All my love to my readers everywhere today! I can’t believe it’s Valentine’s Day already. I hope yours is filled with the best, sexiest love stories of all: our own. And to add some to that love, here are two little gifts for you: 1) A teaser for the sequel—Ninety Days; and 2) A Giveaway that I’m running with my publisher, Samhain. Two $5 Amazon gift cards, for two winners. All you have to do is tweet today and tomorrow what Aiden should get Elisa for Valentine’s Day today, and use the hashtag #thirtynights. Copy me, and voila! I will enter you to win the card so you can discover even more love stories. Enjoy playing and reading! See you soon (I’m in a wee bit of a rush because I have to finish a sequel chapter today and cook with hubby-two loves in one.)
(This chapter has not been edited. It may appear in a different form in the published novel)
Every airplane hurtling across the sky carries goodbyes. Some for days, some for life. Then there is mine—the unknown kind.
I stare out of the Plexiglas window into dense darkness. It’s midnight back in Portland. Did Reagan make it home safe? Is she curled up on my bed, still crying? And Javier—does he even have a bed in his jail cell? Or is he slumped on the floor, staring at darkness just like me? I leave the hardest person for last . . . him . . . Aiden Hale, I force myself to think the name. Is he awake? Or finally asleep—relieved to have me out of his life?
A burning pain—part rage, part agony—flares like a livid wound between my lungs, and I close the window shade. The businessman next to me is snoring softly. I avoid looking at his charcoal suit—so similar to Aiden’s when they hung closely with my dresses. The wound throbs again, and I gaze at the crumpled note still in my hand. Aiden’s right-hand man, Benson, scribbled it on a torn piece of paper like he was out of time.
I am breaking Mr. Hale’s rules by giving you his letters in hopes that they will lead you to the man you know, not the one you heard today.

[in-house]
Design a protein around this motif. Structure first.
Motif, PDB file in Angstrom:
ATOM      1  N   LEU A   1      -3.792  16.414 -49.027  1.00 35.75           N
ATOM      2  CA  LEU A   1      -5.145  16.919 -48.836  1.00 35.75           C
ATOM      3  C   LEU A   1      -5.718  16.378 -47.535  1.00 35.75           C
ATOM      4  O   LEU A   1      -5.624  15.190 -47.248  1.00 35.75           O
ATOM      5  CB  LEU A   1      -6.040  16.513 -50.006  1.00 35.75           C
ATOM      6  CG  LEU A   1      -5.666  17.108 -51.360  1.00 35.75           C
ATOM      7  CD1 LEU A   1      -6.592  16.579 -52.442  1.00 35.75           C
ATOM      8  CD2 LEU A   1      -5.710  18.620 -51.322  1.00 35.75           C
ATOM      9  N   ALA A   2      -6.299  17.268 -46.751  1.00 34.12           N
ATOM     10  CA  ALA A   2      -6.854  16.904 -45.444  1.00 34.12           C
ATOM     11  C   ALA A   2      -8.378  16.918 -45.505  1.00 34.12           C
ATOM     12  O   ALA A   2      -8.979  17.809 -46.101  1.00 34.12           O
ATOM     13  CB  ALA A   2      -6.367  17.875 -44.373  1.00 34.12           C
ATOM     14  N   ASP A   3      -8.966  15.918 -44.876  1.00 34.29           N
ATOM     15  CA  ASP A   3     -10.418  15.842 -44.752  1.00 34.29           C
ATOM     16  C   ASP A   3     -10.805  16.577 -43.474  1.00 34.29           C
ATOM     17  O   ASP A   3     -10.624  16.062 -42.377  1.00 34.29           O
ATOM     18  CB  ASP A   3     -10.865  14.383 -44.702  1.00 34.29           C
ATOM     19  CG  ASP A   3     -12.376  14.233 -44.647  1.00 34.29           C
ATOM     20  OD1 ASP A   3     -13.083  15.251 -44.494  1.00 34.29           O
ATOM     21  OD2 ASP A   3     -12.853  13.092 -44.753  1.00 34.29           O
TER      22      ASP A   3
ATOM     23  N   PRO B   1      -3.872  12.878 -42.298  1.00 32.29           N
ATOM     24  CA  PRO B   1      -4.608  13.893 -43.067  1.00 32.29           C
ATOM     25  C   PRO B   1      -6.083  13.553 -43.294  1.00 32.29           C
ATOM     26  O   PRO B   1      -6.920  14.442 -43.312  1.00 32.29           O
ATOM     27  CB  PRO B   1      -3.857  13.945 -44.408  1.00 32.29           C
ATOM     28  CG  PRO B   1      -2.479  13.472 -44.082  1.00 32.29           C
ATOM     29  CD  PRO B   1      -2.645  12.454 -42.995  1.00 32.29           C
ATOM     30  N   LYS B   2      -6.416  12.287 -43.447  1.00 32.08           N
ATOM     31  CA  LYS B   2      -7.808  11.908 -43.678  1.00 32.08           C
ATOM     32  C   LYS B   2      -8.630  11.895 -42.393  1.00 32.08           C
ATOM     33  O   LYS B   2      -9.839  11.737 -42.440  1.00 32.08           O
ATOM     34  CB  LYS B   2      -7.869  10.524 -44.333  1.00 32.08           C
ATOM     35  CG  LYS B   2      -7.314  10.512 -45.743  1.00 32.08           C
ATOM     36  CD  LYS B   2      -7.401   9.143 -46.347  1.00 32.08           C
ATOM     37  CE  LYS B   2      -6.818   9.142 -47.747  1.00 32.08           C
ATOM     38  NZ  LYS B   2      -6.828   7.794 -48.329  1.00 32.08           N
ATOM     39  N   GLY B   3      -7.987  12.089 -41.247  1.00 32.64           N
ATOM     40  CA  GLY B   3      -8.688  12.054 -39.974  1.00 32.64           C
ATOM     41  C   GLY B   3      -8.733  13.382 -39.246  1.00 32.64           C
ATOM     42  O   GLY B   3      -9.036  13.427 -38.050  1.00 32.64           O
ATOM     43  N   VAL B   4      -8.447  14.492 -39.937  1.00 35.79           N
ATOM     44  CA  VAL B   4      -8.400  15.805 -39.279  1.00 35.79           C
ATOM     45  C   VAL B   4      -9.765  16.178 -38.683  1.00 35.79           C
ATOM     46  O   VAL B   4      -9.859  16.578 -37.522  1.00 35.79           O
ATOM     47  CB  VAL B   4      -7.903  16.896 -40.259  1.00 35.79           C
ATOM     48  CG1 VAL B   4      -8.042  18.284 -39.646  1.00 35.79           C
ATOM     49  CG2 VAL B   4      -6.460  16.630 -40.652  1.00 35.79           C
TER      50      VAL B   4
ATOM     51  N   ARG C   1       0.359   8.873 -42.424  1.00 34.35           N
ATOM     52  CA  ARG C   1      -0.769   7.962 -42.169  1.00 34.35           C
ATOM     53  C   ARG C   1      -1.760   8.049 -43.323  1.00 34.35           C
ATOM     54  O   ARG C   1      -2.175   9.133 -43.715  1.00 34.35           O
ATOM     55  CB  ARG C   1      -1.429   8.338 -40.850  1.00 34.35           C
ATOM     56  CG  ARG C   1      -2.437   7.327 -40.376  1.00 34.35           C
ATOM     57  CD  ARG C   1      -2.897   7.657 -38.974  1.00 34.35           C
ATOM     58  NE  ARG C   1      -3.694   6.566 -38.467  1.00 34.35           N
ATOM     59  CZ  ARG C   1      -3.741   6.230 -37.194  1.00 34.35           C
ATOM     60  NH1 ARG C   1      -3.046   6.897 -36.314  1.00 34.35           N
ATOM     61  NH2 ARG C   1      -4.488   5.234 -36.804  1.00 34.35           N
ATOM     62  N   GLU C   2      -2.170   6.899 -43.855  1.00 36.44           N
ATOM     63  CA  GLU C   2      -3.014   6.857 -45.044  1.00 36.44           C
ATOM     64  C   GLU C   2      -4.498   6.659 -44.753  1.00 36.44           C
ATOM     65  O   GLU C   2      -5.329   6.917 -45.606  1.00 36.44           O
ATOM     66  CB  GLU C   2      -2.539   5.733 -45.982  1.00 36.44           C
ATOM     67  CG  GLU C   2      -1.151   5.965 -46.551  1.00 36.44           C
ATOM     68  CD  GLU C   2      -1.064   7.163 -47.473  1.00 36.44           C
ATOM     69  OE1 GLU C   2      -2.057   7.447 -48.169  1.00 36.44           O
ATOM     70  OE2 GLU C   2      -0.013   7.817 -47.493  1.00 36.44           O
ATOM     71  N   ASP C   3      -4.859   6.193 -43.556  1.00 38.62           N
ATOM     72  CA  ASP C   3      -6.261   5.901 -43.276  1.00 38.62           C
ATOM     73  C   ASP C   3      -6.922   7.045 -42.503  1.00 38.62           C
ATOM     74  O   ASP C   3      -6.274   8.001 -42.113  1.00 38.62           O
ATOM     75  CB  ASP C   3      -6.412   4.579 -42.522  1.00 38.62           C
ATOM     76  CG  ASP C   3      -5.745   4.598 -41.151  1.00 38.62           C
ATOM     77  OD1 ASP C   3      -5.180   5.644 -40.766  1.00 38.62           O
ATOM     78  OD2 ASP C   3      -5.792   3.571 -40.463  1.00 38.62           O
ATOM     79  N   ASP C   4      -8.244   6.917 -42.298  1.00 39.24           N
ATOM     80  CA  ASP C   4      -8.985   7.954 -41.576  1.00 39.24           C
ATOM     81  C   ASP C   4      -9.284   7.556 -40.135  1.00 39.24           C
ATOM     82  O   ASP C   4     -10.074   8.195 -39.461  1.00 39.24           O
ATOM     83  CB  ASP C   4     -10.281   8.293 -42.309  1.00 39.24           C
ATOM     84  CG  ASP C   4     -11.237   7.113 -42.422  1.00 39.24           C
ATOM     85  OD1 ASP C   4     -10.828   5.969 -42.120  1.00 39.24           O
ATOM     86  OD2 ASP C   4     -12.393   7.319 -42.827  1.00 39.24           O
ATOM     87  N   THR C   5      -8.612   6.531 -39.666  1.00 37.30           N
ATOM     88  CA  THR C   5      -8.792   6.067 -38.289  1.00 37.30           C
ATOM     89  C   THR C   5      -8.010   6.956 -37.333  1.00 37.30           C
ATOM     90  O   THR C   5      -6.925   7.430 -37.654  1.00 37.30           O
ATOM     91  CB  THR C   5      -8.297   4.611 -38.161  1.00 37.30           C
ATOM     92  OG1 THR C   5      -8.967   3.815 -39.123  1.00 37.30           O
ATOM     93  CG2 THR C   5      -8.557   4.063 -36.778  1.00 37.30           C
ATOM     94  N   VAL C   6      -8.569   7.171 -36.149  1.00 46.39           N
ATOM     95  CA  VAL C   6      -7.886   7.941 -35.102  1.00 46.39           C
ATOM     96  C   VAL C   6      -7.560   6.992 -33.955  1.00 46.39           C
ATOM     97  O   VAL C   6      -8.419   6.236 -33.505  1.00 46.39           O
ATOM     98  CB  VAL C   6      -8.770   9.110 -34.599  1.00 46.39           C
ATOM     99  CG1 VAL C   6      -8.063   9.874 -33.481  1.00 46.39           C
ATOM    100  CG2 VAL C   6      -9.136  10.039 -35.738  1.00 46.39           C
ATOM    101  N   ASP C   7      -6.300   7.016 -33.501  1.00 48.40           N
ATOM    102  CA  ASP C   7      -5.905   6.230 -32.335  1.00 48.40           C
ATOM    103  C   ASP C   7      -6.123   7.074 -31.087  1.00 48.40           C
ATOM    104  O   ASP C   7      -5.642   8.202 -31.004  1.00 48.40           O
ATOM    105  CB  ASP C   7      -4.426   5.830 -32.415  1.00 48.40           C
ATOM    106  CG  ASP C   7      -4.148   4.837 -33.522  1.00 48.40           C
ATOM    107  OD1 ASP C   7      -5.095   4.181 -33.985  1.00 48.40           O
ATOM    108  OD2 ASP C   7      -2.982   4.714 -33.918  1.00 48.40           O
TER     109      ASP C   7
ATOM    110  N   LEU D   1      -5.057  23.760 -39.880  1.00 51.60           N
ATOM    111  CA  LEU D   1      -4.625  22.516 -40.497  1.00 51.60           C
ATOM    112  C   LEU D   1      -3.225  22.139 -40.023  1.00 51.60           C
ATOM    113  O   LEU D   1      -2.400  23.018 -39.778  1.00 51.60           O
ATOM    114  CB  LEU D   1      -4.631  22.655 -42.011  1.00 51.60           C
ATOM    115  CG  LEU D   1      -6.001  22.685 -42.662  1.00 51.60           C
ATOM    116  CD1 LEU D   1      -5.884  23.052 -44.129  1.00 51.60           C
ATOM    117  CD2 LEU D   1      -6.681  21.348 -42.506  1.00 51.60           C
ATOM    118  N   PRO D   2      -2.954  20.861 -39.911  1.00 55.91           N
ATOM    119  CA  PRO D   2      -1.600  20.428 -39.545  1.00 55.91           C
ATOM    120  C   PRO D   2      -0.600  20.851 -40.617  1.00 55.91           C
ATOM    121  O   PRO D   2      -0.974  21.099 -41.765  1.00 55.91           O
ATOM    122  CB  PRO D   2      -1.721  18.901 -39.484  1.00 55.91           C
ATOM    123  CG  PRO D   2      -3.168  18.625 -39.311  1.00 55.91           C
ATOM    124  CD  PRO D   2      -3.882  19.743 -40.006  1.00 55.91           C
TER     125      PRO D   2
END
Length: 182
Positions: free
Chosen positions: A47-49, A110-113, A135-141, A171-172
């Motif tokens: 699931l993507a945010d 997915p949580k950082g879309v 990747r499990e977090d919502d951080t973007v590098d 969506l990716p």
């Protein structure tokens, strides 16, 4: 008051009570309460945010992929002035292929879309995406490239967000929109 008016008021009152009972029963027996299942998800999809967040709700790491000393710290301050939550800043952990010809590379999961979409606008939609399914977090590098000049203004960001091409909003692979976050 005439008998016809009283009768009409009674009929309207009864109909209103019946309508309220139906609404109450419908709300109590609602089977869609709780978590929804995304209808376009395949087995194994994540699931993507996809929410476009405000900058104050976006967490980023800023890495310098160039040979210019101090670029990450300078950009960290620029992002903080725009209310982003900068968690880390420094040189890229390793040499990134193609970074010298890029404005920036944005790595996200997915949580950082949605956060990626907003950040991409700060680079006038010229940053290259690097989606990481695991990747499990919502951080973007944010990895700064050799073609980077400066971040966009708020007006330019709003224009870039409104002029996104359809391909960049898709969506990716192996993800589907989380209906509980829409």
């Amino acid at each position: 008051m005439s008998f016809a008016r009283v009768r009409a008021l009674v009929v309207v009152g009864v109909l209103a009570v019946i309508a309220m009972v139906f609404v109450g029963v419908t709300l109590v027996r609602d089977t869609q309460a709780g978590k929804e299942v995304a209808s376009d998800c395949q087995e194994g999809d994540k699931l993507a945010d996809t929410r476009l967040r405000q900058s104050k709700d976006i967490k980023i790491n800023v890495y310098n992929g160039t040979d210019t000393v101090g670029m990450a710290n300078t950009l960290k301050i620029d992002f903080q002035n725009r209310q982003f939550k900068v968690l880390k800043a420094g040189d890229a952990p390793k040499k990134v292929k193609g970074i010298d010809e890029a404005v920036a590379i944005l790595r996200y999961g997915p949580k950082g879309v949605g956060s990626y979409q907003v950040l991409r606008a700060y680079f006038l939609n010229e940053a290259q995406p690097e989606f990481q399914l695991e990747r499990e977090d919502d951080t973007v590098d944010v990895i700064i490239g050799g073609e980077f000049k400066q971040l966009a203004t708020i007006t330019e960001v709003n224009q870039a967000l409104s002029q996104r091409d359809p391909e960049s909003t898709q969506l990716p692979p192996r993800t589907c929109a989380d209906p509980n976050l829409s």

Don’t make a mistake you will both regret for life.
I have the words memorized, but they still seem scrambled. Alone they make sense, but together they mean nothing. What does Benson know about my mistakes? About our regrets? What rules is he breaking? Why? What’s the difference between the man I know and the one I heard today?
I know the answer to that last one. Aiden Hale—the man I thought I knew, the man I loved—would have never reported Javier to the immigration police. He would have never ruined my little family. He would have never hurt someone I love. But the man he truly is—the man I saw today with finally clear eyes—did all of that, and admitted it three times.
The burning ache rages up my throat, constricting it until I can’t breathe. I loosen my scarf, searching for air. It blows in a steady gust from the airplane vent. Straight into the center of my forehead. Where Aiden’s lips rested last. Where my father’s lips rested always.
I lift my face toward the vent and draw a huge gulp of pressurized air. In, out. Hydrogen, atomic weight 1.008, helium, 4.002, lithium, 6.94—
“Miss? May I get you anything?” A hushed feminine voice murmurs next to me.
I turn to the flight attendant, trying not to look at her Union Jack scarf that reminds me of Reagan and her obsession with all things British. “Some coffee, please,” I whisper.
Her eyebrows arch—coffee is not the drink of choice at this hour—but she scurries back to the galley for the pot.
I know this is a mistake. I know I should try to sleep. It would be easier to shut down, drift into a different place, a different time. Perhaps I would be back in Portland again. On the couch with Reagan, listening to Lana Del Rey. Or in Javier’s studio, looking at his paintings. Or perhaps in a rose garden, tangled under the blooms with the Aiden I loved, not the one I discovered today.
Yes, it would be easier to sleep, but I cannot. Because if I sleep, this day will be over. If I sleep, this will be the last day in my home, the last time I saw my family, the last time I held my best friend, the last time I was in love. And when I wake up, everything I have will be yesterday. It will be the past.